Plastic’s toxic trail: These polymers’ usage and disposal have their own set of dangers

Plastics not only pollute and affect human health during the production phase, but continue to do so during the usage phase, as well as through the disposal and the processing and recycling of plastic waste

By Siddharth Ghanshyam Singh
Published: Friday 26 April 2024
Salad being wrapped in plastic. Photo: iStock

Plastics pollute and have an impact on human health when they are used for various applications, especially for food contact applications like packaging.

Plastic packaging has become ubiquitous in modern society, offering convenience and durability for a wide range of products. However, concerns have been raised regarding the potential health risks associated, due to the chemicals that leach out from plastics during use.

Numerous studies have investigated the process of chemical leaching from plastic packaging materials into food, beverages, and the environment. Research indicates that leaching occurs through a combination of factors, including temperature, pH, and the duration of contact between the plastic and the substance it contains. Common chemicals found in plastic packaging include bisphenol A (BPA), phthalates, and various other additives used in the manufacturing process.

The chemicals leached from plastic packaging have been linked to a range of adverse health effects in humans. BPA, for example, is known to disrupt endocrine function and has been associated with reproductive disorders, obesity, and increased risk of certain cancers. Phthalates, commonly used as plasticisers, have been linked to hormonal imbalances, developmental abnormalities, and adverse effects on reproductive health. Furthermore, other additives found in plastics, such as flame retardants and antimicrobial agents, have been associated with neurotoxicity and immune system disruption.

Exposure to chemicals from plastic packaging can occur through various routes, including ingestion, inhalation, and dermal contact. Food and beverages stored in plastic containers are a significant source of exposure, as are household products packaged in plastic. Additionally, airborne particles released from plastic packaging materials can be inhaled, contributing to indoor air pollution. Moreover, dermal contact with plastic packaging materials can result in the absorption of chemicals through the skin.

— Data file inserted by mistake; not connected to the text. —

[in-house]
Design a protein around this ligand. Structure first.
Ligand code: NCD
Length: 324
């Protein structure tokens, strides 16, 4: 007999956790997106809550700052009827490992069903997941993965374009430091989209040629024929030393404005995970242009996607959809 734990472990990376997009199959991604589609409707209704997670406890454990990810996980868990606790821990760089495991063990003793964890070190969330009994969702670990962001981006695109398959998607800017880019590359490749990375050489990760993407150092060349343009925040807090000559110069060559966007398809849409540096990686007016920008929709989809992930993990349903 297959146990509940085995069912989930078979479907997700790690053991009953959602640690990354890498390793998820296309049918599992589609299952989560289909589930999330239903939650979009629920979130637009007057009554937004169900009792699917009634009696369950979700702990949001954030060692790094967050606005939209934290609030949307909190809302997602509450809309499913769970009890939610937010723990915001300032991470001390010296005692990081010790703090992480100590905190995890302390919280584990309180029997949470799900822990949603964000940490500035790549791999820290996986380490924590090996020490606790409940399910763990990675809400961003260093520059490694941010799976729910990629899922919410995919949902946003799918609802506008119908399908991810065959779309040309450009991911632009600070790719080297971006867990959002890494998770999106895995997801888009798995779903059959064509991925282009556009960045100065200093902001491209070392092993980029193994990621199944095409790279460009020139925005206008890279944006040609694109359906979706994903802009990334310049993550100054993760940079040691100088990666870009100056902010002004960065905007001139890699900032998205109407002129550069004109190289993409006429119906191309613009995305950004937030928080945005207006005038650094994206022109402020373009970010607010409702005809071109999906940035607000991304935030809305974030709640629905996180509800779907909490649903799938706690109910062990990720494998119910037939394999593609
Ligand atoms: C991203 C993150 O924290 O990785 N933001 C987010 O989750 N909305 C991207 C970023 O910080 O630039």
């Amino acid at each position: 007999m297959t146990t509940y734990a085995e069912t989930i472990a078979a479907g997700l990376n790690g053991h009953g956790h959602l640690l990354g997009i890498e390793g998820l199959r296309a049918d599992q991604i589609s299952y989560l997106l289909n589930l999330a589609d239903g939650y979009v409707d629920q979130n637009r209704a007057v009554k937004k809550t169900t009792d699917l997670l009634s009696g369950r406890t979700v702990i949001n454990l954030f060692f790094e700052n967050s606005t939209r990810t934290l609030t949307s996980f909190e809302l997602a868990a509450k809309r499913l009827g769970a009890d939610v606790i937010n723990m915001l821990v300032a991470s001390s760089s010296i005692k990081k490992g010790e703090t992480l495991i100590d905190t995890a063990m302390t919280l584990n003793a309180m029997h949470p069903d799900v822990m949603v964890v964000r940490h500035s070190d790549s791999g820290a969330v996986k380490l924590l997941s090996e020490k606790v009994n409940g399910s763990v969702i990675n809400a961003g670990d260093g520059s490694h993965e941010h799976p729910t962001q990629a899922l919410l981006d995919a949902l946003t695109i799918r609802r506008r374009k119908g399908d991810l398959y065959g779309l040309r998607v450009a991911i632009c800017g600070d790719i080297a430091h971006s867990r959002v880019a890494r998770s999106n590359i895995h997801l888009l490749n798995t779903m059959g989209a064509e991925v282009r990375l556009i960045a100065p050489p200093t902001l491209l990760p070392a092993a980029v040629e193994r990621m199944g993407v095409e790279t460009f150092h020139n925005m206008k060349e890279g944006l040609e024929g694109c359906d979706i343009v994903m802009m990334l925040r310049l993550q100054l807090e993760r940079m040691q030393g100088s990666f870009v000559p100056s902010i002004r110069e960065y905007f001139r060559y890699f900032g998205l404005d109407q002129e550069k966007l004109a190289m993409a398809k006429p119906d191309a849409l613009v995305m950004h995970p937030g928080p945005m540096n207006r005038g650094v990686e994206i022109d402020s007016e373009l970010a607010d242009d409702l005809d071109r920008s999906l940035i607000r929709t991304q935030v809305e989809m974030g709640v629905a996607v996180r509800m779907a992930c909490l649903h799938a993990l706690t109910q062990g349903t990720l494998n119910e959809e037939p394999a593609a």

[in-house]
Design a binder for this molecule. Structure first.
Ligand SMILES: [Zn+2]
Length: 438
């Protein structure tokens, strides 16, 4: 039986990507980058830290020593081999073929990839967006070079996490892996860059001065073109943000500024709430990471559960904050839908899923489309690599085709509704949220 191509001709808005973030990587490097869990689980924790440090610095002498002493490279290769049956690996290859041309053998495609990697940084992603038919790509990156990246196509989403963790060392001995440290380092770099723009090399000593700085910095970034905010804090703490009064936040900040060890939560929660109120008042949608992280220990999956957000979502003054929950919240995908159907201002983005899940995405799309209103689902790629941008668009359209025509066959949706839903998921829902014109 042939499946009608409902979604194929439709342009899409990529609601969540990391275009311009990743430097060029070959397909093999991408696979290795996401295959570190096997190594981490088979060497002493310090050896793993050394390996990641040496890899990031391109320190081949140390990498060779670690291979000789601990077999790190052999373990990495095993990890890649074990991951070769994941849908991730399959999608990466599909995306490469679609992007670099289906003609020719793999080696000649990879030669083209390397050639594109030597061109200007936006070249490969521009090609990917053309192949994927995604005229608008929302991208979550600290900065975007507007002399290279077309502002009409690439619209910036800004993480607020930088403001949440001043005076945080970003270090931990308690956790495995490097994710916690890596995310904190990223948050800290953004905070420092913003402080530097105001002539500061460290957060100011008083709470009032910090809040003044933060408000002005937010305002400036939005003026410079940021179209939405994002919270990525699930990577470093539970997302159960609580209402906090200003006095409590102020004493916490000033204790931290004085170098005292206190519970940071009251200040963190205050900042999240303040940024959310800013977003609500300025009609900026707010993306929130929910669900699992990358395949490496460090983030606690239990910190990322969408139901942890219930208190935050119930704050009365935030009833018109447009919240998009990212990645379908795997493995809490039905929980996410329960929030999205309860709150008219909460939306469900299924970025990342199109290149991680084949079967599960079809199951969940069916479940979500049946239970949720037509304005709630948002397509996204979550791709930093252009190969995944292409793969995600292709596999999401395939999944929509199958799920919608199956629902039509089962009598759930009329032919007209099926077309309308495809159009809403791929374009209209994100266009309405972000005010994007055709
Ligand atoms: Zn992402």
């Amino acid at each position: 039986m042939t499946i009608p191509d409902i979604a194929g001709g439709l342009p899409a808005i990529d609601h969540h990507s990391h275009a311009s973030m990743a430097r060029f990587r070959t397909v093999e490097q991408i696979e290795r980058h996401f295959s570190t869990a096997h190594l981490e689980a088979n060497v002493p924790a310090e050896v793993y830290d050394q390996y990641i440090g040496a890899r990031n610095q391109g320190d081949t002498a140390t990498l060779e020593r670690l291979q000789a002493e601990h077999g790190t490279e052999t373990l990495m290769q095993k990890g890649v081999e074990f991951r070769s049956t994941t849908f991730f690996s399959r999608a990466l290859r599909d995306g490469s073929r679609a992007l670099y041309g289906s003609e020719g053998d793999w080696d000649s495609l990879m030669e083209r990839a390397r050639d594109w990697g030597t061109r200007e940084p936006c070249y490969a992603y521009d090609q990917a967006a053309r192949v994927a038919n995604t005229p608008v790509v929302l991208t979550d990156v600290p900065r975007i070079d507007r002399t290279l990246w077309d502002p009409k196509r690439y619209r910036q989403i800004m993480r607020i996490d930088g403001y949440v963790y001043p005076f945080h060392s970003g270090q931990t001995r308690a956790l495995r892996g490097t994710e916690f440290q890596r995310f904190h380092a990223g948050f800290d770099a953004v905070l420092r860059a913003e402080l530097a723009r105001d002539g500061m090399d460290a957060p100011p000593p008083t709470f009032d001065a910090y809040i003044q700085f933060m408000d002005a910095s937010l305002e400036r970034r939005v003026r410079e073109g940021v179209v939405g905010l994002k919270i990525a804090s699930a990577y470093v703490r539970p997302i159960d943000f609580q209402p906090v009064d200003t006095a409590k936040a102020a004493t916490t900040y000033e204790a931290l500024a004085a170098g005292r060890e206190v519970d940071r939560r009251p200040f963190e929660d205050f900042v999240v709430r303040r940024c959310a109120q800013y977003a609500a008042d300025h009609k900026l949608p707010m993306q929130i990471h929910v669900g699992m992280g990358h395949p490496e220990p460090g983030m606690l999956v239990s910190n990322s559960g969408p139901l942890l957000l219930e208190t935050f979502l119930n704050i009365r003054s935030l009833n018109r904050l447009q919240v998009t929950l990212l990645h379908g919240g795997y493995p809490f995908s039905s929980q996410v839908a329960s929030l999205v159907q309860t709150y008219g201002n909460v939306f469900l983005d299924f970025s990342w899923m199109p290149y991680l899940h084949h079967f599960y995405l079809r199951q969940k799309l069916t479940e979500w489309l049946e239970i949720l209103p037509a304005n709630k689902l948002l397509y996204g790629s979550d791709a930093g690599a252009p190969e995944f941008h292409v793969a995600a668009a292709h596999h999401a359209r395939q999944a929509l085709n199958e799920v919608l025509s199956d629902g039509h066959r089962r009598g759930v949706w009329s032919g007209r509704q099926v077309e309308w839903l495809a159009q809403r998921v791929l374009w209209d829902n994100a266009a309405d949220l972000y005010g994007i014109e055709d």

Recycling the ultimate solution?

Plastic recycling is often touted as the solution to the plastic menace that we have to deal with as a society. However, a recent report by Toxic links (a New Delhi based not-for-profit) revealed products made from recycled plastics contain harmful chemicals.


The study collected samples of products made from recycled plastics and bifurcated them into three categories — food contact applications, toys, and miscellaneous applications. Testing was done for 5 kinds of chemicals — Bisphenol A, Nonyl phenol, Chlorinated parraffins, phthalates, and heavy metals. Ten of the 15 samples tested indicated presence of the chemicals being searched for.

Chemicals being tested Samples that tested positive Range
BPA 8 0.3mgkg to 161mg/kg
Chlorinated paraffins 4 111 mg/kg to 338 mg/kg
Nonylphenols 4 38.5 mg/kg to 522 mg/kg
Heavy metals (As, Cd, Cr) 2 Cd- 89 mg/kg
Pb- 121 mg/kg
Cr- 33.9 mg/kg
Phthalates 3 85 mg/kg to 220000 mg/ kg
Source: Is plastic recycling safe? Toxic links, 2024

Six of 10 samples that tested positive, had presence of more than one chemical and 2 of these had an exceptionally high rate of chemical detection.

Moreover, the problem with analytical methods is they only detect what the researcher is looking for. This means that the samples tested may have many more types of chemicals that would affect human health. However, since they were not tested for, they did not get identified or quantified.

This indicates that plastics not only pollute and affect human health during the production phase in huge petrochemical plants, but continue to do so during the usage phase, as well as through the disposal and the processing and recycling of plastic waste.

Other methods of processing waste are thermal technologies like co-processing, waste to energy and road making. All these technologies have been labelled as false solutions by many civil societies at a global level. The argument is to not look at plastic waste merely as a waste management problem but also consider the externalities of such projects, since the projects directly and indirectly impact human health through deteriorated air and water quality.

2024 research paper in Science Direct notes: “Burning of the plastic waste and thermal degradation process releases sixteen types of Polycyclic aromatic Hydrocarbons (PAHs) compounds to the environment. Inhaling of the PAHs compounds leads to human health effects such as cancer, respiratory diseases and childhood obesity.”

Many member states have consented to incorporate language concerning human health into the objective of the forthcoming legally binding instrument aimed at eradicating plastic pollution. Nonetheless, representatives from the plastic industry have been rejecting scientific conclusions and advocating for further localised research before acknowledging and addressing the connections between plastic usage and disposal and human health.

This is the fourth in a 5-part series. Read the first, secondthird and fifth parts. 

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